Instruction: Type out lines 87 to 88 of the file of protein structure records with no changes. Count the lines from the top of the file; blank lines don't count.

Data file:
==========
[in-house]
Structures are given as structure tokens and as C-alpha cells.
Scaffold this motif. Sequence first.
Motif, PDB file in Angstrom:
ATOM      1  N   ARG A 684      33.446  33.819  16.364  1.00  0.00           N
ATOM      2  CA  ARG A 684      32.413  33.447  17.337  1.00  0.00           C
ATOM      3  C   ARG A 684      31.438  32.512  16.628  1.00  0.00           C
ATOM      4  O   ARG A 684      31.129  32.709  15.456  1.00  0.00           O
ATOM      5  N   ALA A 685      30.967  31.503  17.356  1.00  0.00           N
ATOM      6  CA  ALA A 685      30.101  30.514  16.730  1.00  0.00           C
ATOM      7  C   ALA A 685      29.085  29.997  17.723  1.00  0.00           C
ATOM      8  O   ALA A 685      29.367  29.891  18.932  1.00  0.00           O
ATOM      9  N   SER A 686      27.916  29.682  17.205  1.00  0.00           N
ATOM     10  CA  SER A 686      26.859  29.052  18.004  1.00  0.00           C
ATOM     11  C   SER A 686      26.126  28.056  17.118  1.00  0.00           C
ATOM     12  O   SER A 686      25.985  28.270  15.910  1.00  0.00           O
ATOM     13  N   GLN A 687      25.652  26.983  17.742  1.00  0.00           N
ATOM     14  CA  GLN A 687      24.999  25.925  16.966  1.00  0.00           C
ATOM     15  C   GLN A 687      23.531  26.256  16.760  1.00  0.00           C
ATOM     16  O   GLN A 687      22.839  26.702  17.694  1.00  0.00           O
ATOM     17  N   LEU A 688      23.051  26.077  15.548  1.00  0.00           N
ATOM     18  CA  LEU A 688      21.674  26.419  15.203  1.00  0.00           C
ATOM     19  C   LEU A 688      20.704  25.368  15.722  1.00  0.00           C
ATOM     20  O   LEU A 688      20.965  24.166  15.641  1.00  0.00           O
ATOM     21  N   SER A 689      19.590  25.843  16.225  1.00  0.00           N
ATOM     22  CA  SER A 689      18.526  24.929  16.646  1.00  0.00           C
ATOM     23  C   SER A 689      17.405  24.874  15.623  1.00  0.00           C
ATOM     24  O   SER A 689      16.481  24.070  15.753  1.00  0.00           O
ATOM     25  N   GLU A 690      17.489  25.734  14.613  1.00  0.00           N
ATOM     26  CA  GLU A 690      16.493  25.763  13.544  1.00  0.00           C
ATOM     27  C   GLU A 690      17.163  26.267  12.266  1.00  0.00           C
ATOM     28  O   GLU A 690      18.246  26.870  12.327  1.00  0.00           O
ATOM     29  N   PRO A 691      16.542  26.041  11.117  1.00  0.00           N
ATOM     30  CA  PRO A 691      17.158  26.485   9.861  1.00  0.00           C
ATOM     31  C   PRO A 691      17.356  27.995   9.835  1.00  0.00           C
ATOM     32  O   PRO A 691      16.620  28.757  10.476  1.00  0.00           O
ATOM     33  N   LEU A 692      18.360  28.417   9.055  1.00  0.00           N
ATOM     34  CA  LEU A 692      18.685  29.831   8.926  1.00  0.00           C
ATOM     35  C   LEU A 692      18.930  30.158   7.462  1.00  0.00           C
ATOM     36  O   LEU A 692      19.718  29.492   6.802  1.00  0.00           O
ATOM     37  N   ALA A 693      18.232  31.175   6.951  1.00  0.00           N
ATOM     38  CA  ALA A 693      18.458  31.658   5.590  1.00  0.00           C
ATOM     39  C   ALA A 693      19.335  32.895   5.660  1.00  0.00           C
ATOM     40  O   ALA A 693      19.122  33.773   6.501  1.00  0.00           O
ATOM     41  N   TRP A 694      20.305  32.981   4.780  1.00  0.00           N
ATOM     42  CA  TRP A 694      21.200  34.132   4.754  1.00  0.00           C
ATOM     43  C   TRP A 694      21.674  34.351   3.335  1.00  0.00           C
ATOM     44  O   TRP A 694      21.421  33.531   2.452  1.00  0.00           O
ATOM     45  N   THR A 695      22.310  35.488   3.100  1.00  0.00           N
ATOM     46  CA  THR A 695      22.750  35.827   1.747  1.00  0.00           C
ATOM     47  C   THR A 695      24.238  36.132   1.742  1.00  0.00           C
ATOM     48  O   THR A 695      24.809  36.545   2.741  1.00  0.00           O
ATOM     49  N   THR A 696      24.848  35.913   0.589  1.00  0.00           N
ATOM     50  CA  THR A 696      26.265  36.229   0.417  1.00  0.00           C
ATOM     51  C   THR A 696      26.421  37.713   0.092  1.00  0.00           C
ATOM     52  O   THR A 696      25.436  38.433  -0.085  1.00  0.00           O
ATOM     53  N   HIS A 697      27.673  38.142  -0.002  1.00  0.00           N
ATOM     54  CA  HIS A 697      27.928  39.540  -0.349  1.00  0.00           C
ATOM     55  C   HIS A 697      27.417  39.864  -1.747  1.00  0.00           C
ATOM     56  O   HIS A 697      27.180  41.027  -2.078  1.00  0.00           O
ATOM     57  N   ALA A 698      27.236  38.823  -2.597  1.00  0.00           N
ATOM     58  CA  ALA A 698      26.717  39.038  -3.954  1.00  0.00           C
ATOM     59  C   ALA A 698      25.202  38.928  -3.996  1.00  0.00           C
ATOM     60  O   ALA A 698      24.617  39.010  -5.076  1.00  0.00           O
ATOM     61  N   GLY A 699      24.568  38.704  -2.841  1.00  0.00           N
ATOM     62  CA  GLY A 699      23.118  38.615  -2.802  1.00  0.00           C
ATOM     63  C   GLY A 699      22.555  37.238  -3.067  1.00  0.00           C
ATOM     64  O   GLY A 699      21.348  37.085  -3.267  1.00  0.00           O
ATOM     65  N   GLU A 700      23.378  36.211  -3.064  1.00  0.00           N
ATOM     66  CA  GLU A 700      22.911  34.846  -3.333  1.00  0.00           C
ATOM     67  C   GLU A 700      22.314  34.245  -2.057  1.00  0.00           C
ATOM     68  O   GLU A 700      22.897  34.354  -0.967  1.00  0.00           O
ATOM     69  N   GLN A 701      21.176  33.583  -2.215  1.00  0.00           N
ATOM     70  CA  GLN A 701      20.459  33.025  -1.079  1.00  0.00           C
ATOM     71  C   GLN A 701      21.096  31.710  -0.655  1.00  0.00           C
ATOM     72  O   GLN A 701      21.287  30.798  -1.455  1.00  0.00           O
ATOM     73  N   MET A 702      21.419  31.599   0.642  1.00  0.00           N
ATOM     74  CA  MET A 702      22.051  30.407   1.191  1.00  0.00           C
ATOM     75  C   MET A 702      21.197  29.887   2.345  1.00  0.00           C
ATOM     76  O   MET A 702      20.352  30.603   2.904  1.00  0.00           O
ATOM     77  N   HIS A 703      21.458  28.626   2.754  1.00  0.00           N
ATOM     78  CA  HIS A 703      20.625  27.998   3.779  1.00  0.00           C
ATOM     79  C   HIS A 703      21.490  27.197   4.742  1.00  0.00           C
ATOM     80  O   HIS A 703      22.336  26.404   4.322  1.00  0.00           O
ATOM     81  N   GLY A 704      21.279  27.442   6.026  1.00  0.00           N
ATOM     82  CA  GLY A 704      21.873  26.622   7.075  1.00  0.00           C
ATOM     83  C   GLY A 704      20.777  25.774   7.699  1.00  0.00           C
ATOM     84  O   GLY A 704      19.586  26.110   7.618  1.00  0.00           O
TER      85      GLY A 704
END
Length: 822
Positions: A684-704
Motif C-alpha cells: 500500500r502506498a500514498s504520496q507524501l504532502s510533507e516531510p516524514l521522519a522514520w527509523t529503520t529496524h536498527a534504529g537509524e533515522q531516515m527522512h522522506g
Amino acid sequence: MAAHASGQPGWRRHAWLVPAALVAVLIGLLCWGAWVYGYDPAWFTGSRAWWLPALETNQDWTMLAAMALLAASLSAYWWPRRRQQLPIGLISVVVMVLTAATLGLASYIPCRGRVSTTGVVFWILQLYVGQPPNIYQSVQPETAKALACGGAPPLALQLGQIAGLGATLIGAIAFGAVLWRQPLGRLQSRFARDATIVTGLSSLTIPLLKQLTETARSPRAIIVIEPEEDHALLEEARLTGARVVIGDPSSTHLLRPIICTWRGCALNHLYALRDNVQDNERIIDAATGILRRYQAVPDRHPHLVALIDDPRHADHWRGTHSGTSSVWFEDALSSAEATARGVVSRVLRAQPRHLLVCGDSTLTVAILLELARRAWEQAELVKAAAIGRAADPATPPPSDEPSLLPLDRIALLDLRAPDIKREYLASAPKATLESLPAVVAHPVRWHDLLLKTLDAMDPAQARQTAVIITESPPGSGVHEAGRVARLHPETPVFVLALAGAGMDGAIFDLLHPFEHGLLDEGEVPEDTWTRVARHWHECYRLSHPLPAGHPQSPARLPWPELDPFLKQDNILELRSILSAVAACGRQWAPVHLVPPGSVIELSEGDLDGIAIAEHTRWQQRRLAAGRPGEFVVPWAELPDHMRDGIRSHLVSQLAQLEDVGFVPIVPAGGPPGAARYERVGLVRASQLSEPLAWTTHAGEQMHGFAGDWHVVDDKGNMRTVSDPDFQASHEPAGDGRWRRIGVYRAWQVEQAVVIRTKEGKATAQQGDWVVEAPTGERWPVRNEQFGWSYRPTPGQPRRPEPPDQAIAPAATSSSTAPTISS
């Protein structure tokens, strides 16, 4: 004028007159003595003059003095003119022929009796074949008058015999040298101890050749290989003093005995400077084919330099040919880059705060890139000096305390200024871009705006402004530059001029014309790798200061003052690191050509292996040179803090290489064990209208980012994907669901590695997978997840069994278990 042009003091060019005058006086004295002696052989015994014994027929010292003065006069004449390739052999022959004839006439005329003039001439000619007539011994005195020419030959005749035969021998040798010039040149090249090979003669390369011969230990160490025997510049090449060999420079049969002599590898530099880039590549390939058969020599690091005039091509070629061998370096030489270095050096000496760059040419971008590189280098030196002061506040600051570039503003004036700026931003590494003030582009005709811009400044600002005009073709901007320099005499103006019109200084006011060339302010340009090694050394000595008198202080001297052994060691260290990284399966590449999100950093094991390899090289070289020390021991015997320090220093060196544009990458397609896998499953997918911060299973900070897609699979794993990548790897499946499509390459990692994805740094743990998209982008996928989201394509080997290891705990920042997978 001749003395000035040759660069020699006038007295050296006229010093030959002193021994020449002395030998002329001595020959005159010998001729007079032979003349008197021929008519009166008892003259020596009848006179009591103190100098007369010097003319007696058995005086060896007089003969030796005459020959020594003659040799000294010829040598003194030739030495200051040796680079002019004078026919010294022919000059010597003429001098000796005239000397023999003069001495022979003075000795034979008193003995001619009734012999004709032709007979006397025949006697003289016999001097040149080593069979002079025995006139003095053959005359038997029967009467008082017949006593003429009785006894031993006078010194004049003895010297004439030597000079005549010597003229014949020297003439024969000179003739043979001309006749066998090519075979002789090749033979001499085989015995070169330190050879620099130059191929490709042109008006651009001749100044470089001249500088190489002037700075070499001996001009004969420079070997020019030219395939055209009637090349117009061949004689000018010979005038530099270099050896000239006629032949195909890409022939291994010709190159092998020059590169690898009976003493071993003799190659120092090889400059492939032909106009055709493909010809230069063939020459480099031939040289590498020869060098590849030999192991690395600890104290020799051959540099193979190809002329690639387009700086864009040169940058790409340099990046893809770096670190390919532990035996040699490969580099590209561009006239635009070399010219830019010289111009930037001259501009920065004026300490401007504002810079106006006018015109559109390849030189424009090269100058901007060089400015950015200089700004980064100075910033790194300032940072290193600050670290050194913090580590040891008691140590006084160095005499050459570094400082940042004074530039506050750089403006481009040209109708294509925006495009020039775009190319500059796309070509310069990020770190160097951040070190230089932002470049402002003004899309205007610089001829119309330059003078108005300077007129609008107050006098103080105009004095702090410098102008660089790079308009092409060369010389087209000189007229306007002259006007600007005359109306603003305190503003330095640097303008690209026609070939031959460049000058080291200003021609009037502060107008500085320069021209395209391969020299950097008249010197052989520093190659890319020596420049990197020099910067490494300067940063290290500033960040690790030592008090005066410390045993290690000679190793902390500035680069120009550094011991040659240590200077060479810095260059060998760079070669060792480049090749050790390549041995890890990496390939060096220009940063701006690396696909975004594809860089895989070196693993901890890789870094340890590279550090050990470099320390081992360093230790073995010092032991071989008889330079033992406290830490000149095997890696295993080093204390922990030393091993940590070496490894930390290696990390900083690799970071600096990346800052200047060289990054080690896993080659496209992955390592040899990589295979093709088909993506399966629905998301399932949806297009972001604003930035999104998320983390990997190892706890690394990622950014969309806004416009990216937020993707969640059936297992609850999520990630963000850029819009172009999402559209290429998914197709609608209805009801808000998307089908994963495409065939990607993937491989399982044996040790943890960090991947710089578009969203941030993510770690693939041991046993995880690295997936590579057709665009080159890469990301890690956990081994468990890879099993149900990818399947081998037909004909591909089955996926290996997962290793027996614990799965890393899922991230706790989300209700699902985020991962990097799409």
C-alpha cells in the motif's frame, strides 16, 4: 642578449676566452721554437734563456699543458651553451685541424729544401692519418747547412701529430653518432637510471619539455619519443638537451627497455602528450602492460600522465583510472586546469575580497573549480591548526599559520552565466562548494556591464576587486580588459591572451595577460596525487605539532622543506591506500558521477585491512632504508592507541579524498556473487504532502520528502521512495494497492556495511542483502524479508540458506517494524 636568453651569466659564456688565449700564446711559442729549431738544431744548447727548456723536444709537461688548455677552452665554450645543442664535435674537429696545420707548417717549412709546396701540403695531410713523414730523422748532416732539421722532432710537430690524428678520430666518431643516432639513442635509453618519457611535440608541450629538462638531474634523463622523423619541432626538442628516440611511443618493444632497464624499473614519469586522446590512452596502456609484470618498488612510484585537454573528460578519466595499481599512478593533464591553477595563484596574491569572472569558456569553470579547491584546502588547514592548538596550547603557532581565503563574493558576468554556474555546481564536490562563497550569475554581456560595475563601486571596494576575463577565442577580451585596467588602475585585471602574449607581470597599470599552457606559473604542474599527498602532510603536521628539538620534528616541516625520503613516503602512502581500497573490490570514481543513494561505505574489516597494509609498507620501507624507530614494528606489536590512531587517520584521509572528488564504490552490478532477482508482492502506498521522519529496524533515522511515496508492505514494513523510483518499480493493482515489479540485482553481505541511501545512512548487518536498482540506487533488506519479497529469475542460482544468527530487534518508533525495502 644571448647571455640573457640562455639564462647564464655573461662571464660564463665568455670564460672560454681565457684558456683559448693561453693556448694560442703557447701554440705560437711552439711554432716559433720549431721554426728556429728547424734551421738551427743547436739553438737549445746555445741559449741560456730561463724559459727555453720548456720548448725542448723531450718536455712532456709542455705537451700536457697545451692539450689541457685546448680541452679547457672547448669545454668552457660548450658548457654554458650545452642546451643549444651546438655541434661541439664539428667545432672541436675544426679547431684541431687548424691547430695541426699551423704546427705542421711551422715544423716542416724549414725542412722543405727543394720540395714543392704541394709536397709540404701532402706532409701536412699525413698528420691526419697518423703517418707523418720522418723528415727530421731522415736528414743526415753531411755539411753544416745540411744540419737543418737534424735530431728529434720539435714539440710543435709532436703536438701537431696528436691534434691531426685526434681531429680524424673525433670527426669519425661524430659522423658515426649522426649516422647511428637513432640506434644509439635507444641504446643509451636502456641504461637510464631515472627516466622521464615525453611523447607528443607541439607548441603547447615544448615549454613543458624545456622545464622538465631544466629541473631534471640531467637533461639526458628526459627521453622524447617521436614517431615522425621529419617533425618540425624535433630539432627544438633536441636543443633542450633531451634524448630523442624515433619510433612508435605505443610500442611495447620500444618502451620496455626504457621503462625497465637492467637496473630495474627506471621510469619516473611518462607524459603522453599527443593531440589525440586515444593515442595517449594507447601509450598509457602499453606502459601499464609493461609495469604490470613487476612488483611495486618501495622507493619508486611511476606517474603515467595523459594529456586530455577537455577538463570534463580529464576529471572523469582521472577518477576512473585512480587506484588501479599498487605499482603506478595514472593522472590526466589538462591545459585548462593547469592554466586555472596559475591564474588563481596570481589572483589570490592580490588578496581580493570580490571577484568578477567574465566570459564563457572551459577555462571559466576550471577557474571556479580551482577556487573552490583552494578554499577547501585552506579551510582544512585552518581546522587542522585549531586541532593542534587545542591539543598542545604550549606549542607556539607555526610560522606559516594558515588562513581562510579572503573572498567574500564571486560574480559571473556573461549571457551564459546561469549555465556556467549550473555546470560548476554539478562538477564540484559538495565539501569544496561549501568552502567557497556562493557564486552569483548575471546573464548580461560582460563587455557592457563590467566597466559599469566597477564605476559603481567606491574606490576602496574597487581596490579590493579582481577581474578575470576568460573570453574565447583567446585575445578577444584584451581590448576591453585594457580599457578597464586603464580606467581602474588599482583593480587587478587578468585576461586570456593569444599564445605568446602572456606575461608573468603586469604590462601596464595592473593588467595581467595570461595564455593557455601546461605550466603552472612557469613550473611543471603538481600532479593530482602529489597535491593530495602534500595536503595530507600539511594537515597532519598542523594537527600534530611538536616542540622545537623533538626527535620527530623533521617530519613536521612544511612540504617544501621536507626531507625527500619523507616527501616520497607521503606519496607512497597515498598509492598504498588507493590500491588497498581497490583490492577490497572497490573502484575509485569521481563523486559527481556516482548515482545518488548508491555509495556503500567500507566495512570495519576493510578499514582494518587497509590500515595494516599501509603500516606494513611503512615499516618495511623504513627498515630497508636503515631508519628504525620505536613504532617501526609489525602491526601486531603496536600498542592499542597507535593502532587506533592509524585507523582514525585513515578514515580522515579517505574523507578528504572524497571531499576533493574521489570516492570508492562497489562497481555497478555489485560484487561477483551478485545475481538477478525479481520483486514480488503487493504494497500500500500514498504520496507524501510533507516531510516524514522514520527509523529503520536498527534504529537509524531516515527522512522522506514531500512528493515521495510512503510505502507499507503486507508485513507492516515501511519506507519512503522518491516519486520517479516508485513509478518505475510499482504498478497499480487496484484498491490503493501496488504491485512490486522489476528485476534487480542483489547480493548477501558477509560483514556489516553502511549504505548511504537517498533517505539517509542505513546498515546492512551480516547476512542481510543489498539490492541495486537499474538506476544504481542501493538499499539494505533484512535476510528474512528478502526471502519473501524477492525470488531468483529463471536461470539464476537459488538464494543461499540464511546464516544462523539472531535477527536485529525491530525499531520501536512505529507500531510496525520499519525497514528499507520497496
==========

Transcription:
ATOM     83  C   GLY A 704      20.777  25.774   7.699  1.00  0.00           C
ATOM     84  O   GLY A 704      19.586  26.110   7.618  1.00  0.00           O